New Approaches to Heritage Ethics: Interdisciplinary conversations on heritage, crime, conflicts and rights

The Centre for Heritage is organising the conference ‘New Approaches to Heritage Ethics: Interdisciplinary conversations on heritage, crime, conflicts and rights’, to be held at the University of Kent (Grimond LT3), on 23 and 24 June 2014.

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Heritage and ethics are too often considered through the lens of a single, specific theme. For instance, analyses commonly focus on separate topics like crime and heritage (e.g. unlawful excavations, vandalism and the removal or theft of cultural property), conflict and heritage (e.g. war, civil unrest, iconoclasm as well as disputes of competing visions of the past), and rights and heritage (e.g. access to cultural and socio-economic rights through heritage initiatives, in particular for disfranchised groups).

Integrating and expanding upon this prior scholarship, the aim of this conference is to consider these three topics of crime, conflict and rights in relation to heritage in an interrelated and holistic manner. Such a comprehensive framework will result in novel approaches to understanding and conceptualizing each of these issues, as well as lay the groundwork for new practical approaches to protecting various rights while mitigating heritage crime and conflicts. This conference also aims to enable academics, heritage, museum and law enforcement professionals, students and community leaders to engage in an innovative and productive conversation with one another. In working across the traditional boundaries that separate the great diversity of academic and professional disciplines whose work all touches upon this burgeoning field – including archaeology, anthropology, sociology, criminology, history, economics, human rights, law, and heritage conservation and management – this conference will open up new and important lines of cooperation and inquiry.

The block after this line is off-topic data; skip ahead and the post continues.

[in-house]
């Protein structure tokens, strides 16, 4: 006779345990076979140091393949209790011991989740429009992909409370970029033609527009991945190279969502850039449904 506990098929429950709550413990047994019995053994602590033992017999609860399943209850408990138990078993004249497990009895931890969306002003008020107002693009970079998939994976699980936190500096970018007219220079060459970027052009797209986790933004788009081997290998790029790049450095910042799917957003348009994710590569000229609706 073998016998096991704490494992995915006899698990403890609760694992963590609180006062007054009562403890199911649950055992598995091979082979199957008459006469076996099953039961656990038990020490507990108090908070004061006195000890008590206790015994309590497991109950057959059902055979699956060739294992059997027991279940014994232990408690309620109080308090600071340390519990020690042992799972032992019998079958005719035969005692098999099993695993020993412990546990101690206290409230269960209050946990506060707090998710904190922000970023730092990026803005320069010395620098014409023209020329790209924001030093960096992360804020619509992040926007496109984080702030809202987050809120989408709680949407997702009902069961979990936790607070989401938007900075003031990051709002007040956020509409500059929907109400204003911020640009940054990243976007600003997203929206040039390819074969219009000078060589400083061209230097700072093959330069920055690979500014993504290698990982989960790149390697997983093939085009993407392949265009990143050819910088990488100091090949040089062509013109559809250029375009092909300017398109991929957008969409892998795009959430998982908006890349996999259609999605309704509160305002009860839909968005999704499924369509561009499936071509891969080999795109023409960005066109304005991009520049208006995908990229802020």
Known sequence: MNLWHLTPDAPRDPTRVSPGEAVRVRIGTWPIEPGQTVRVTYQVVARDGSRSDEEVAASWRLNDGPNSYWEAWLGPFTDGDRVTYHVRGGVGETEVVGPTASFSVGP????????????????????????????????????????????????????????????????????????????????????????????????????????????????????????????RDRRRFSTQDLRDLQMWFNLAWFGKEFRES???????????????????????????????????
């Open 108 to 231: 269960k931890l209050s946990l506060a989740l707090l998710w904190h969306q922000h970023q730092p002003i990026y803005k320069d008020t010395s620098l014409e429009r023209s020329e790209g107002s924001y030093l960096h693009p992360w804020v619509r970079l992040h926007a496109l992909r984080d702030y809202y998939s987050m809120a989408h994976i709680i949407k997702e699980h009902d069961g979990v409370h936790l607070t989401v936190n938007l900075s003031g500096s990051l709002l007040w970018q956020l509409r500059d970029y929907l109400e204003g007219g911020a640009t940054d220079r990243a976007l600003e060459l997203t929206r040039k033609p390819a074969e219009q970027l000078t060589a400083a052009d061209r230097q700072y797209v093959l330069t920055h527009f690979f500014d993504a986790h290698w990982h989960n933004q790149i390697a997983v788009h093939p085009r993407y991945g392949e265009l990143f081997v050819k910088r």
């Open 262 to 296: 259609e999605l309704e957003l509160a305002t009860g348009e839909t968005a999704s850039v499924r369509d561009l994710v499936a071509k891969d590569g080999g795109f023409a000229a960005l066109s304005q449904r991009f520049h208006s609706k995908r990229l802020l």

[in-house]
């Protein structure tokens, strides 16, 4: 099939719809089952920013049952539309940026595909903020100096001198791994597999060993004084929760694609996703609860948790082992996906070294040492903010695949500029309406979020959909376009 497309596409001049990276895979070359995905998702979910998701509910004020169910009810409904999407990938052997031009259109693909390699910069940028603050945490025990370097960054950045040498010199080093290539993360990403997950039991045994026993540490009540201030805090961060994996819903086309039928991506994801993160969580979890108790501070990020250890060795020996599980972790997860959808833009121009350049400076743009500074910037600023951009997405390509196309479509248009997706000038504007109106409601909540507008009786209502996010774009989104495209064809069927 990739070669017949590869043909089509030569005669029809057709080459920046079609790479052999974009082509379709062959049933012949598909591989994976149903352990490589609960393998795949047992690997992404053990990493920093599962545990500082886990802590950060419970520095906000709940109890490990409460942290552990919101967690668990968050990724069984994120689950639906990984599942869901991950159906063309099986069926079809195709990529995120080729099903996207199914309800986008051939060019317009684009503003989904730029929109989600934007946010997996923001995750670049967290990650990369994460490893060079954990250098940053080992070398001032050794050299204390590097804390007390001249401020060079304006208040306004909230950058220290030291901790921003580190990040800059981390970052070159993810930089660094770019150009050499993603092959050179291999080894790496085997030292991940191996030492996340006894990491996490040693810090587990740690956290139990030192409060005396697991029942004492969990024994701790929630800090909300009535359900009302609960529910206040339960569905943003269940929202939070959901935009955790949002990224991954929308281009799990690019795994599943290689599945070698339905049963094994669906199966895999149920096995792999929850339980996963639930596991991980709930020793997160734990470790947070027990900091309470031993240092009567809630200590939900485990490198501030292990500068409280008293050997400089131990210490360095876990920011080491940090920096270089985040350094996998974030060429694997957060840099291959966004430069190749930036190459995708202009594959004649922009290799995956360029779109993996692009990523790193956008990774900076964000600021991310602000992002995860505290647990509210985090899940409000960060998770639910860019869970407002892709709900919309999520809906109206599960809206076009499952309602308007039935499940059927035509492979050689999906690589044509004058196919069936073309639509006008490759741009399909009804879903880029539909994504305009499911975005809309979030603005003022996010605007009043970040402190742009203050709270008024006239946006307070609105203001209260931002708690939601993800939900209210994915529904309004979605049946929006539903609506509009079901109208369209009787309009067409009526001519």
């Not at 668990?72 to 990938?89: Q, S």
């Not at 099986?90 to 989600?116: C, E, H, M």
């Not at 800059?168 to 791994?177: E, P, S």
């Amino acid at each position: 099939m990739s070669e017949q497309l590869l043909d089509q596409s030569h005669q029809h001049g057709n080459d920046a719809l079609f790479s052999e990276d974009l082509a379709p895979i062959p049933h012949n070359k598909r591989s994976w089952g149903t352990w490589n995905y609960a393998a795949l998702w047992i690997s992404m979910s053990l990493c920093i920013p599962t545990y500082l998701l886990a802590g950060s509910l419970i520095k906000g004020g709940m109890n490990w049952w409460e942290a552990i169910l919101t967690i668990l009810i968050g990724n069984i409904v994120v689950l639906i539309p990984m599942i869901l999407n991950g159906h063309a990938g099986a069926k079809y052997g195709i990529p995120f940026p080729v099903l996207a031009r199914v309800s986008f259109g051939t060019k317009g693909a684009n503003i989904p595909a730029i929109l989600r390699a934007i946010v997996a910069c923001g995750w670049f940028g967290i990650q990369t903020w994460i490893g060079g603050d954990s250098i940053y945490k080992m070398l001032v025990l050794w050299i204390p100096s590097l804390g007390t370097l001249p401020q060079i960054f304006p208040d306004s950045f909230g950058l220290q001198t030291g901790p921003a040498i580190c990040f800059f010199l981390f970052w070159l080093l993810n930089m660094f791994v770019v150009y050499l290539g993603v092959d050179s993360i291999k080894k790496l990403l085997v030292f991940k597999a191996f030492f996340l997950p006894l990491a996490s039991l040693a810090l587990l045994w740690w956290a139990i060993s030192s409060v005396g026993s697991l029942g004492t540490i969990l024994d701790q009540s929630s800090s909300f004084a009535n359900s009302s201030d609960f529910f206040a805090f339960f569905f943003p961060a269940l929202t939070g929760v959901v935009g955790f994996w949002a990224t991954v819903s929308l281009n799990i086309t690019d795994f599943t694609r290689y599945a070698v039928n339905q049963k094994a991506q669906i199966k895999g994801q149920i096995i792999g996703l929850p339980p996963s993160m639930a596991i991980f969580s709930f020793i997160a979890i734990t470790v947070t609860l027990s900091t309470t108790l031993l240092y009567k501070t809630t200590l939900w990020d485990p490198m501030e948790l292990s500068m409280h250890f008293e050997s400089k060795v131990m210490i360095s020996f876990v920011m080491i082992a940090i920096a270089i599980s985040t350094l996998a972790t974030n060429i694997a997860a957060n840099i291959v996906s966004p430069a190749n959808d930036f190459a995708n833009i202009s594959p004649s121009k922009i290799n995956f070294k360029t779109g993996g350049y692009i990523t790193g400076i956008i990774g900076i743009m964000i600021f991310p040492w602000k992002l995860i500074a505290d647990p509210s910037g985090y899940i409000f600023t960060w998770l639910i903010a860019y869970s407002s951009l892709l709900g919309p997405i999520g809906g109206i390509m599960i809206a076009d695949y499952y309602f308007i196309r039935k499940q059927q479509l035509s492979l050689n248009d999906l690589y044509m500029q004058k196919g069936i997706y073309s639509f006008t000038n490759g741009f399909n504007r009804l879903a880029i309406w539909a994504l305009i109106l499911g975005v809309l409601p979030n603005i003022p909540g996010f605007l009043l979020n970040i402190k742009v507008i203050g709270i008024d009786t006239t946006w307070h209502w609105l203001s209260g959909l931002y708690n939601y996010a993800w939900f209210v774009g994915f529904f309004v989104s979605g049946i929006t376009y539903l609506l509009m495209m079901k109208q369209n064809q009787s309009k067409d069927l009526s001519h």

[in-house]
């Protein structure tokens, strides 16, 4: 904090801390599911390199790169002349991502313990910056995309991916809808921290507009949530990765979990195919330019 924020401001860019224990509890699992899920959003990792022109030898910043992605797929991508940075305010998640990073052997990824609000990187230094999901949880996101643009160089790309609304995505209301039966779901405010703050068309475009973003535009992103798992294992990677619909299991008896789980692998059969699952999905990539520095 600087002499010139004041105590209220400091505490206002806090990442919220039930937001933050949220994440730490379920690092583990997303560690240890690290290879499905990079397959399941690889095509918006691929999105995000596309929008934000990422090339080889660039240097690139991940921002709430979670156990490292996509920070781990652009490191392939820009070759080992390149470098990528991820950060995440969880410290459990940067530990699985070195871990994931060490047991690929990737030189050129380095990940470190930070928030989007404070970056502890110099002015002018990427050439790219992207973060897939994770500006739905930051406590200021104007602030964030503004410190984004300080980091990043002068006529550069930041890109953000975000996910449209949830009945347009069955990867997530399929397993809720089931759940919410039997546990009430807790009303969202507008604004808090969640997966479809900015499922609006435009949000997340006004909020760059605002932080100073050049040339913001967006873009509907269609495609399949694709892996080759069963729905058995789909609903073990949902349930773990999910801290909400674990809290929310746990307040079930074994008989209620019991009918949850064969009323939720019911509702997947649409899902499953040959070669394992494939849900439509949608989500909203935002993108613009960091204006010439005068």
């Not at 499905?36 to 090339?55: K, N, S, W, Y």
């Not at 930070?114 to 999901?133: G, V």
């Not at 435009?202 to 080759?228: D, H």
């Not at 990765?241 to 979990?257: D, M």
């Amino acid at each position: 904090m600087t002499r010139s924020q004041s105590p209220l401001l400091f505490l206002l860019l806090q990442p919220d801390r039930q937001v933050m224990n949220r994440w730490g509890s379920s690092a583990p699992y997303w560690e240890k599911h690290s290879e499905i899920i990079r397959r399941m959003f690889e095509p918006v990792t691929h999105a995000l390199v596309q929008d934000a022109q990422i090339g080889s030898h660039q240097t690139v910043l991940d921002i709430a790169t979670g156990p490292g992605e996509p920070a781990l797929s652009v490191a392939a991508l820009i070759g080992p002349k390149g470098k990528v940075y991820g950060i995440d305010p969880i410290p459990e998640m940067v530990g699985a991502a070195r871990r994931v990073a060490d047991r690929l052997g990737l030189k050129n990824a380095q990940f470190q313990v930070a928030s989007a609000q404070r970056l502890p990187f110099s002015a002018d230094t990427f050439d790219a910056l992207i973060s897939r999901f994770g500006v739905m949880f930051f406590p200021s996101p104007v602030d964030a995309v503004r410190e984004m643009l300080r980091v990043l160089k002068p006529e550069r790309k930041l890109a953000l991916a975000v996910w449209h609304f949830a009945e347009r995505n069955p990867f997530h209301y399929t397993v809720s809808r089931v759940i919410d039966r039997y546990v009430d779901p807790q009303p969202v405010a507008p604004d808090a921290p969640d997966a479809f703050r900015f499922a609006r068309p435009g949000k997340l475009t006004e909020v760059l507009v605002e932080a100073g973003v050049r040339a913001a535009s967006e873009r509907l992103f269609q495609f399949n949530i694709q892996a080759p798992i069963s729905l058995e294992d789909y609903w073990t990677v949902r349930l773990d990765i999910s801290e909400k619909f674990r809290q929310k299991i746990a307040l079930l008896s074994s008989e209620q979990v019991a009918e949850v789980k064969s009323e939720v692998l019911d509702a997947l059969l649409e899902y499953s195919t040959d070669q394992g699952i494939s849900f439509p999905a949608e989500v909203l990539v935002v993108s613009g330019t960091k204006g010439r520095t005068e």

We are particularly interested in submissions that consider the following themes:

 Looting of classical and archaeological sites and conflict;

 Relationships between looting of classical and archaeological sites and social and economic rights and opportunities;

 Engagements of communities in the prevention of vandalism and the willful destruction of heritage;

 Approaches for taking account of conflicting understandings and visions of the past;

 Practical issues in the promotion of cultural, social and economic rights through heritage;

 Theoretical and applied approaches for preventing and mitigating heritage crime and conflicts, or for promoting social and economic rights through culturally- and historically-minded means;

 Critical approaches to the legal regulation of heritage with particular emphasis on rights.

Abstracts in English (250 words maximum should be sent to by 3 February 2014. Selected papers might be published after the conference.